It’s an obvious pitch. Just when the Americans are frothing around for something sane to say about their non-existent policy in the Middle East, along comes the al-Nusra Front – al-Qaeda beheaders and sectarian killers – to suggest that they are just the “moderates” Washington wants to fight the Assad regime in Syria. The word comes from the boss himself. Is al-Nusra anxious to attack the West? Think not of it. An enemy of the Christians, Alawites and other minorities in Syria? Perish the thought. Syria’s minorities can come “into the bosom of Islam”. And al-Nusra believes the “Islamic State/Islamic Caliphate/Isis/Isil/Daesh” is “illegitimate”.
We have this on the word of Abu Mohammed al-Golani, the black-cowled boss of the Islamist militia which has been competing with its “illegitimate” Isis chums in the battle against the “infidels” of Syria. No sooner does al-Nusra take Idlib, Jisr al-Shughour and Ariha from the Syrian army than Isis takes Palmyra from the Syrian army. Competition indeed. But al-Golani is clearly our man. The “Caliphate” is “illegitimate” because “scholars” have rejected it. Isis had killed 700 members of al-Nusra. They should “repent and return to the Sunni people” (the phrase suggests that al-Nusra is just as it always was).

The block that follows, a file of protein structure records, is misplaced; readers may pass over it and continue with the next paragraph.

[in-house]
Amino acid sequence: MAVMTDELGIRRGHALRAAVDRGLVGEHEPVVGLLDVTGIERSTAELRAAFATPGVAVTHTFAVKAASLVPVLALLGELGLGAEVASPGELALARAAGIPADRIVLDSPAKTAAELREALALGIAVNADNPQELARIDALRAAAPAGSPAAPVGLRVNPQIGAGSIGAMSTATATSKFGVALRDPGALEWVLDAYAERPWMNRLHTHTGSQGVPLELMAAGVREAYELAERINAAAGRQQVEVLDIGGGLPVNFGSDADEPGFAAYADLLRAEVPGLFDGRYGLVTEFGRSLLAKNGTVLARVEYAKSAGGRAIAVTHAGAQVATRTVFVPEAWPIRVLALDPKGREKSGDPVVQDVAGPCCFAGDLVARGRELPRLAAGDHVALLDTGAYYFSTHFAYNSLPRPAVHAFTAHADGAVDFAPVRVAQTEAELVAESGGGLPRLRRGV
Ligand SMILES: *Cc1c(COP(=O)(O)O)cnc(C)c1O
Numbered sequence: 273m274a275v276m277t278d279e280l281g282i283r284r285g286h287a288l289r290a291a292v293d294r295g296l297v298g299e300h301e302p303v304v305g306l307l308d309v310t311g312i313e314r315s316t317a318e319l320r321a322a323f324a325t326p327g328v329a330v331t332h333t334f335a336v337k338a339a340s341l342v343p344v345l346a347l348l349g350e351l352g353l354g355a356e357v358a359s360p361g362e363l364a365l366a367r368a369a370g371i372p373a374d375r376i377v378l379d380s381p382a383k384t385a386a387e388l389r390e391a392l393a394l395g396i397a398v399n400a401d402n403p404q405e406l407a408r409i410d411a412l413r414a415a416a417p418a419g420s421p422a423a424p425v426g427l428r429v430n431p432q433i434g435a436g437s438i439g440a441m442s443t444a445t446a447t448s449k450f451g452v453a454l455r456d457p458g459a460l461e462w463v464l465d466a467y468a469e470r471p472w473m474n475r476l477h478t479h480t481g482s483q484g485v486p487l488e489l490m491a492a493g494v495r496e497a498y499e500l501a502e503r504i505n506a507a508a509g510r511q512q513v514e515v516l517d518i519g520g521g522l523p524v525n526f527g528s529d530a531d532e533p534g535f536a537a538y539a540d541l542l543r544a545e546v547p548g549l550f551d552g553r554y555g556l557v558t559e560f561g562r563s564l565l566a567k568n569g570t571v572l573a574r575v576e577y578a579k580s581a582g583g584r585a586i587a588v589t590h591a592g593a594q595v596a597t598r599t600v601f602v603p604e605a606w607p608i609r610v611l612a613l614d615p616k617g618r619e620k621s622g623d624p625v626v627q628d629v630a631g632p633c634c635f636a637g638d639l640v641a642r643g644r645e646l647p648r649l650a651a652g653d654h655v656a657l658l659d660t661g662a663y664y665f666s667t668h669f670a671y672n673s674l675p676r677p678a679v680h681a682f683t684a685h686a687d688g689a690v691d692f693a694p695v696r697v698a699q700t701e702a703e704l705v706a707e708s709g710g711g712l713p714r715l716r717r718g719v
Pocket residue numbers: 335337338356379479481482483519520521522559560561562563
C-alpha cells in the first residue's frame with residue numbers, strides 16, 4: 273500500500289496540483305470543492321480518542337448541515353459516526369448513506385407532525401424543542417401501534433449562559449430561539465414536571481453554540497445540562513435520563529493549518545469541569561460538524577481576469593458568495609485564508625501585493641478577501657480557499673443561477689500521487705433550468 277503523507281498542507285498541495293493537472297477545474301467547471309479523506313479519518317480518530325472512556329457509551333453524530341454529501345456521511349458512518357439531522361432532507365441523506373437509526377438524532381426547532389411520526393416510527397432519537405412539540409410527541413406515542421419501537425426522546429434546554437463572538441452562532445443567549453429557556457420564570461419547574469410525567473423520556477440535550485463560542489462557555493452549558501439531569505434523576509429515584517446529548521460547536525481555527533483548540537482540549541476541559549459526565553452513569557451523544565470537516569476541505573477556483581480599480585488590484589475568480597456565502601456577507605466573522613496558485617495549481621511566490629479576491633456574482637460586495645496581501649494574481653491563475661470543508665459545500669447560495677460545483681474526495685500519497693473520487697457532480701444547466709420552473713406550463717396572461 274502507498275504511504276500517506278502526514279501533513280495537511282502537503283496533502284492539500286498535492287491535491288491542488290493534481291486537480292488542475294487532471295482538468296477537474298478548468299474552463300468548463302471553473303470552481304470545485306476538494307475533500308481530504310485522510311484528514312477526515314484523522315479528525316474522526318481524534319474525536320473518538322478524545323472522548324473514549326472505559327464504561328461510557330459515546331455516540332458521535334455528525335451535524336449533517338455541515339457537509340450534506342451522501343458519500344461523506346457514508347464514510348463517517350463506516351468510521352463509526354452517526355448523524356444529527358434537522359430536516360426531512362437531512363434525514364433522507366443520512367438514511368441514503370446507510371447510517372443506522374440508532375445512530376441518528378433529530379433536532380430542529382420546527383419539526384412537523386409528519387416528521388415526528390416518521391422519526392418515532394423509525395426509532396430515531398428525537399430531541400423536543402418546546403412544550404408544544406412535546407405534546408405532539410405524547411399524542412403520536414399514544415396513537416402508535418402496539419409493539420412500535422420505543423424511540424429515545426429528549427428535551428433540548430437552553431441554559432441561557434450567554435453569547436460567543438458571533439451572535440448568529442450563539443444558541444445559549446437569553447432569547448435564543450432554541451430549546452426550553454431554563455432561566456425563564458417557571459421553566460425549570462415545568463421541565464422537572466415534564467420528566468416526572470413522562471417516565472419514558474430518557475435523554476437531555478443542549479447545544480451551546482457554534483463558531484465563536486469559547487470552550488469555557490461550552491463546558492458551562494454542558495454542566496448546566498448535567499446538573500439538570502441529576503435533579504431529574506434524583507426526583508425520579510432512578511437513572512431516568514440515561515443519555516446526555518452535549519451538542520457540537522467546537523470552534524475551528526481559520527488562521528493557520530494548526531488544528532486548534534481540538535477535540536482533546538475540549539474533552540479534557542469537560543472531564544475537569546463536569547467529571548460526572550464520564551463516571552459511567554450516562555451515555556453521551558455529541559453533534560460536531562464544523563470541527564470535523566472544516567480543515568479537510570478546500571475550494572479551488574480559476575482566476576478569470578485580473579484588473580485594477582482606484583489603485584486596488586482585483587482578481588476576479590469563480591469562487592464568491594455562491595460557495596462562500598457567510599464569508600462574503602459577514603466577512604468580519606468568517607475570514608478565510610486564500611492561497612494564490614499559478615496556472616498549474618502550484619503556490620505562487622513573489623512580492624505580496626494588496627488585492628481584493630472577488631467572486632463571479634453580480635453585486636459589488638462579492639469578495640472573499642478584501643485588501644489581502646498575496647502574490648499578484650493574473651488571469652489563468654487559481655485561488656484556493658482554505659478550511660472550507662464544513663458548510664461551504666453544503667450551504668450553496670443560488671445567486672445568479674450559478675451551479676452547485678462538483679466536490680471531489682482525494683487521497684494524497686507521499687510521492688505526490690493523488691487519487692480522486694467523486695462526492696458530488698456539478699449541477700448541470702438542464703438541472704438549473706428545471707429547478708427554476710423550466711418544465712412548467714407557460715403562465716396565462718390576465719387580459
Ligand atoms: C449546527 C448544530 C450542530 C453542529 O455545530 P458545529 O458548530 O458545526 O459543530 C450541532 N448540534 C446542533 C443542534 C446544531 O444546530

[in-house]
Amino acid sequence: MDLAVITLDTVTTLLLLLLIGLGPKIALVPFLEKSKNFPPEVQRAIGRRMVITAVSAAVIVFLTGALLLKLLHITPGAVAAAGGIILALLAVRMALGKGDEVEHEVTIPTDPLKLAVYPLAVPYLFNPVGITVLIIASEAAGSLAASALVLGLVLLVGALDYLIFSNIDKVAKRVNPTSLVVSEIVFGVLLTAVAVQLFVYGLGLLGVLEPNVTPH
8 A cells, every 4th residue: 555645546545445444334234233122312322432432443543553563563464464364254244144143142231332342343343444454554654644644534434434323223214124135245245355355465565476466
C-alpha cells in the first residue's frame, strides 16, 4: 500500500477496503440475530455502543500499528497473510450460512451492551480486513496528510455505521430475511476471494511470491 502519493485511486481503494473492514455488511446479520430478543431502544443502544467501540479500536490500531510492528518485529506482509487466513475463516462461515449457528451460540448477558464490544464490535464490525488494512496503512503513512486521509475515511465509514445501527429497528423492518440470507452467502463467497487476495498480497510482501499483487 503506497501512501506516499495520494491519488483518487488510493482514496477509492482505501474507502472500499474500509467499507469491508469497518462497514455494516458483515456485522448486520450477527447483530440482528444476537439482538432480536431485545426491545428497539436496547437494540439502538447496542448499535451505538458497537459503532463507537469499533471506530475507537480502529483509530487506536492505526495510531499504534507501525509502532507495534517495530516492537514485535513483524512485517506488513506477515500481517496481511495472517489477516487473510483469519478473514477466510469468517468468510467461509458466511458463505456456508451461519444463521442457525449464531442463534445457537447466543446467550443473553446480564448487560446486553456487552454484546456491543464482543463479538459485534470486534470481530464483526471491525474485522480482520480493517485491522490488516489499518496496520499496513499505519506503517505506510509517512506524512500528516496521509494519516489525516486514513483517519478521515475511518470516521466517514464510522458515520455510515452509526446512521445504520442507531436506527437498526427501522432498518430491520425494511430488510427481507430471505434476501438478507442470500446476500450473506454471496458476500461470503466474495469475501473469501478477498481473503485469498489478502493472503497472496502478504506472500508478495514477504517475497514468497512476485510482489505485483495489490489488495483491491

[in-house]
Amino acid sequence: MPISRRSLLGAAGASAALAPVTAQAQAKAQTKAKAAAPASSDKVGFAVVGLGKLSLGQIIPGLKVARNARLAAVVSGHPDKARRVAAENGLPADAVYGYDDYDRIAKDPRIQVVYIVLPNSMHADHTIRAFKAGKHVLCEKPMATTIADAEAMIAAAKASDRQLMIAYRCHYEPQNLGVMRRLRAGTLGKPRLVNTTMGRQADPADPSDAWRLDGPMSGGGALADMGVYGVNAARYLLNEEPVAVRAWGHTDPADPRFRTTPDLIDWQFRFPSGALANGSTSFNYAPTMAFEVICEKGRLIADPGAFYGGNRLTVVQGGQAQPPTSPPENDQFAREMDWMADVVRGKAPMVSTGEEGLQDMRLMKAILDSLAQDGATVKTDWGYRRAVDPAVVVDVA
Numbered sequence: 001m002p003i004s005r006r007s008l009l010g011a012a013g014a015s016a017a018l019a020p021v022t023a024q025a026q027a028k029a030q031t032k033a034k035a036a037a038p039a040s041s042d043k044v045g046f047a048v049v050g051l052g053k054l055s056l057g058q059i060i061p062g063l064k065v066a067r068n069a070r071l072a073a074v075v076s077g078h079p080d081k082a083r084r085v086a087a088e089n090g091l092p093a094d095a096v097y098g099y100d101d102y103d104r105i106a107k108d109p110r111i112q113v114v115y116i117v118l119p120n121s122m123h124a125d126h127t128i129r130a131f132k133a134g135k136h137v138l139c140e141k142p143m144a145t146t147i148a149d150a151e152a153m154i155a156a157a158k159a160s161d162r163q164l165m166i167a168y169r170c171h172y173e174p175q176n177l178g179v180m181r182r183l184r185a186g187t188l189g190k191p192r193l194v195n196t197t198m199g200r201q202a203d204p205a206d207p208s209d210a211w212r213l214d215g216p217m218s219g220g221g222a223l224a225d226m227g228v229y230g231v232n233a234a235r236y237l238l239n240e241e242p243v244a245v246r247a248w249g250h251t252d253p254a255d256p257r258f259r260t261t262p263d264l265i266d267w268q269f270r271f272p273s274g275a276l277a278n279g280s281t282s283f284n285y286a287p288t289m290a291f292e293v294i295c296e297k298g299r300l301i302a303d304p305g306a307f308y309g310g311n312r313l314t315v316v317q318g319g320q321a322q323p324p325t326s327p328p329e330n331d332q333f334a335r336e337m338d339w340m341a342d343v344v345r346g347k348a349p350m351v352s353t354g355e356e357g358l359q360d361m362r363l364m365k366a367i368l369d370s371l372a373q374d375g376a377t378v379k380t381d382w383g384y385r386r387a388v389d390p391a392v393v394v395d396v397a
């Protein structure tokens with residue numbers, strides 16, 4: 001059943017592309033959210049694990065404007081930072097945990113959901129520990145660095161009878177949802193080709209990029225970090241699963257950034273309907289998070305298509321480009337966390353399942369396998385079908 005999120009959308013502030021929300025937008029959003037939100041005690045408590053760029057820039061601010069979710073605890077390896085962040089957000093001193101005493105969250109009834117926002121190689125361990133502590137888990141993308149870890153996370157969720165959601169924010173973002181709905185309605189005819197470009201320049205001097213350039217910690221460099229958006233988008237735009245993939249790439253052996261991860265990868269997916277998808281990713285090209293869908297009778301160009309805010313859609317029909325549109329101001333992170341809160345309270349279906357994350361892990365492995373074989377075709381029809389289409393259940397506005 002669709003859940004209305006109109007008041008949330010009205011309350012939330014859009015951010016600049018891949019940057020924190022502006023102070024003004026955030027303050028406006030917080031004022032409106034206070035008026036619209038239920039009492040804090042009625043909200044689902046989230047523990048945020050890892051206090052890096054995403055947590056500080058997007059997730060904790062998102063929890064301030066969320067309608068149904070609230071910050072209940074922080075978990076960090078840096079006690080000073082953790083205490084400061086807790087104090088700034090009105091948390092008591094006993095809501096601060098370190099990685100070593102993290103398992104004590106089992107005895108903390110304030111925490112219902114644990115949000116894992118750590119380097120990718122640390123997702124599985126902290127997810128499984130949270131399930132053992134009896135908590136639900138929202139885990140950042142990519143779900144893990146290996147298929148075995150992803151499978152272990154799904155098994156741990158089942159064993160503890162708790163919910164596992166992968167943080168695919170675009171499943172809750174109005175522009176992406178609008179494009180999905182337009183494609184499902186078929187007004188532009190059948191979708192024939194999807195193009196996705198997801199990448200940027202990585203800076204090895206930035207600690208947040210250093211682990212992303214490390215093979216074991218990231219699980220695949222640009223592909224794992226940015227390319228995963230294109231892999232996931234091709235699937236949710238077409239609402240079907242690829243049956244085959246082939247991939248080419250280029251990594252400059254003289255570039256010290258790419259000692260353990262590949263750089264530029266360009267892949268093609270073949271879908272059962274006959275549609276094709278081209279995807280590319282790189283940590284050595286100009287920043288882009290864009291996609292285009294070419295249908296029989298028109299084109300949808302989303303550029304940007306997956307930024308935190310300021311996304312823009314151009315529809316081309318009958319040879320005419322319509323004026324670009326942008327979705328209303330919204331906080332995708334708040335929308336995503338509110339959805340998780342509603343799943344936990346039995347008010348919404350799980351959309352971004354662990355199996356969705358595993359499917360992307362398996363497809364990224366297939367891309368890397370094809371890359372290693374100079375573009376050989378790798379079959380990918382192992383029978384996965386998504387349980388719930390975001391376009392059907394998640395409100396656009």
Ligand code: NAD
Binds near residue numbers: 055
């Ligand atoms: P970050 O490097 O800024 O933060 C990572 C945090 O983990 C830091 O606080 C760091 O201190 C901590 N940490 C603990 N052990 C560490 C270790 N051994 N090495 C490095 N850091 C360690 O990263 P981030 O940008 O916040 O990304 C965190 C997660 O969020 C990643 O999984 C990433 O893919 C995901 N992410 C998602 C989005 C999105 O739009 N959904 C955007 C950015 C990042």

The PR campaign began last month on the al-Jazeera channel, which just happens to be funded by Qatar. And much of the “resistance” to the Assad regime in Syria just happens, of course, to be funded by Qataris. Just as many of the militia’s weapons happen to be paid for by Qatar. It has even been suggested – oh how unkind Middle East conspiracy theorists can be – that Qatar wants to run a post-Assad Syria as an enemy of the Hezbollah and a potential protector of Israel. There is no better friend of America, obviously.